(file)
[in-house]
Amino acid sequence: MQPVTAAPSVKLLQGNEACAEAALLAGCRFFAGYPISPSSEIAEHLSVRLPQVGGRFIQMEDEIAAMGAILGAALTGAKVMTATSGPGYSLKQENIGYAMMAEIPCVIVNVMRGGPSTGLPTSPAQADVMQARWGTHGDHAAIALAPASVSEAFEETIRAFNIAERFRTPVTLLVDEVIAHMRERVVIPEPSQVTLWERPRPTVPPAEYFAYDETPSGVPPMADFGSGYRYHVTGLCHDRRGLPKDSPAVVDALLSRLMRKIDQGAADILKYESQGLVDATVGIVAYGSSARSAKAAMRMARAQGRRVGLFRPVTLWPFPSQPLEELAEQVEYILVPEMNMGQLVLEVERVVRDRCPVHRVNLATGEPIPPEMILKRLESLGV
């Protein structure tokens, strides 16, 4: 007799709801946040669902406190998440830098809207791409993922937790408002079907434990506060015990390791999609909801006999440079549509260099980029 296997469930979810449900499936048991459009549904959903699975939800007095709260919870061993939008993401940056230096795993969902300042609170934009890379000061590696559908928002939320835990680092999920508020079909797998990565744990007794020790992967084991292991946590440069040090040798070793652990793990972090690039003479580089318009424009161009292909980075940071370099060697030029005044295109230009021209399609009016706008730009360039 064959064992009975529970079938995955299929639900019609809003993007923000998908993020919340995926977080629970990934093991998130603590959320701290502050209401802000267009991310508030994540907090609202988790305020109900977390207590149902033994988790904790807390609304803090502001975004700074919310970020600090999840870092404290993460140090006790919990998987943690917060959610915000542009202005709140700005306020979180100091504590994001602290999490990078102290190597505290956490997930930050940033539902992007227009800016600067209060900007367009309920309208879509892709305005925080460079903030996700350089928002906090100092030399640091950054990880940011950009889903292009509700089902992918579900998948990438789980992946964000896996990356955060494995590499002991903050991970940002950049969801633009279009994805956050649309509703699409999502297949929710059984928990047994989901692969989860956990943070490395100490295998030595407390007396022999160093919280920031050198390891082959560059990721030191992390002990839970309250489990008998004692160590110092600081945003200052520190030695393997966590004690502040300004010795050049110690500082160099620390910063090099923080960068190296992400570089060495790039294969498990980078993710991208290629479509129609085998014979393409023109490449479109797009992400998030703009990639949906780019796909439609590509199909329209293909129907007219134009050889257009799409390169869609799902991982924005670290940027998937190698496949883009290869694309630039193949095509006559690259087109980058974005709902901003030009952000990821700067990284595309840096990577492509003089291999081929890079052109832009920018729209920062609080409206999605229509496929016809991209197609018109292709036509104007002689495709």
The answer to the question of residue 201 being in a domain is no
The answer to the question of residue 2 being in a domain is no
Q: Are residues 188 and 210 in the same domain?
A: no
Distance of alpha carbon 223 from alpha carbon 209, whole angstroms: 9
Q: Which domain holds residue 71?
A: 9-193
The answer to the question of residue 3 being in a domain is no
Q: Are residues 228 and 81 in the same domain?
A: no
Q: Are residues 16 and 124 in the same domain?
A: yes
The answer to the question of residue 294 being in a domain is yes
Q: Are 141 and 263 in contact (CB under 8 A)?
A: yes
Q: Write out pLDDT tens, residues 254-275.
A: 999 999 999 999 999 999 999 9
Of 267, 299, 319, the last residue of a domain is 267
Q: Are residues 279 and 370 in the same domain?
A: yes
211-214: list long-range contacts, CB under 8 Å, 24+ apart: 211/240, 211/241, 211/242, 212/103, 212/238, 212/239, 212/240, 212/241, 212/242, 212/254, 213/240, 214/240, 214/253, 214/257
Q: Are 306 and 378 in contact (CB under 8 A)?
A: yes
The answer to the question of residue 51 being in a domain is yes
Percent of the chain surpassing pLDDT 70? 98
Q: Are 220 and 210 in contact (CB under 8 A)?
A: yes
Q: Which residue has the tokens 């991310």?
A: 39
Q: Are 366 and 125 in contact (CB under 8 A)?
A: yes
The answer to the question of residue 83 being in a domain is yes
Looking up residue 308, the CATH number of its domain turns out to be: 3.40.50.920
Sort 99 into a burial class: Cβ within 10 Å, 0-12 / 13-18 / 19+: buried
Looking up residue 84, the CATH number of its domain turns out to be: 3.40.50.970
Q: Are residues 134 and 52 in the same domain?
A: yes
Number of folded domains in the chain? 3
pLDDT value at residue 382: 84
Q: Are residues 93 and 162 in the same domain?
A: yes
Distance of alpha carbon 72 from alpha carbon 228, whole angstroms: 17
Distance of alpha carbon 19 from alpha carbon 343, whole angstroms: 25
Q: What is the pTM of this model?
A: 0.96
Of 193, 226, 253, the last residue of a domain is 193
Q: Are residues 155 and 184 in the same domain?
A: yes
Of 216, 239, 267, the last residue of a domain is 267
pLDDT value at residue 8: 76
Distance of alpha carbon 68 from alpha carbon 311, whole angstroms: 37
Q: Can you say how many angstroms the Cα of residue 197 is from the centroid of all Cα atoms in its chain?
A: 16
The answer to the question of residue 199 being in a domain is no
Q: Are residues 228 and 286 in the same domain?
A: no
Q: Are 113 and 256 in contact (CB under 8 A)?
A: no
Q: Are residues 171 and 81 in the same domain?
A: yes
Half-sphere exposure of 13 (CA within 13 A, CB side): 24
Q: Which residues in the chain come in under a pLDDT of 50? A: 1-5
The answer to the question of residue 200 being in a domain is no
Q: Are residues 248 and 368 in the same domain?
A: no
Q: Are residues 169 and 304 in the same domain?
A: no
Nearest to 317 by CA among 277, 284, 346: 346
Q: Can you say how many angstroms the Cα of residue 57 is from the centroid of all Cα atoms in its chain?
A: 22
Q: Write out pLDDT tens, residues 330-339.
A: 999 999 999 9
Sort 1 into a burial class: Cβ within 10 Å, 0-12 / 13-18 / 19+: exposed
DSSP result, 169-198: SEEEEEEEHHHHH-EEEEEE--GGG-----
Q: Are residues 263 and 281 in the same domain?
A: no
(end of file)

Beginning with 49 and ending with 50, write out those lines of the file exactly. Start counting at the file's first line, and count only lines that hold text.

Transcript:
Of 193, 226, 253, the last residue of a domain is 193
Q: Are residues 155 and 184 in the same domain?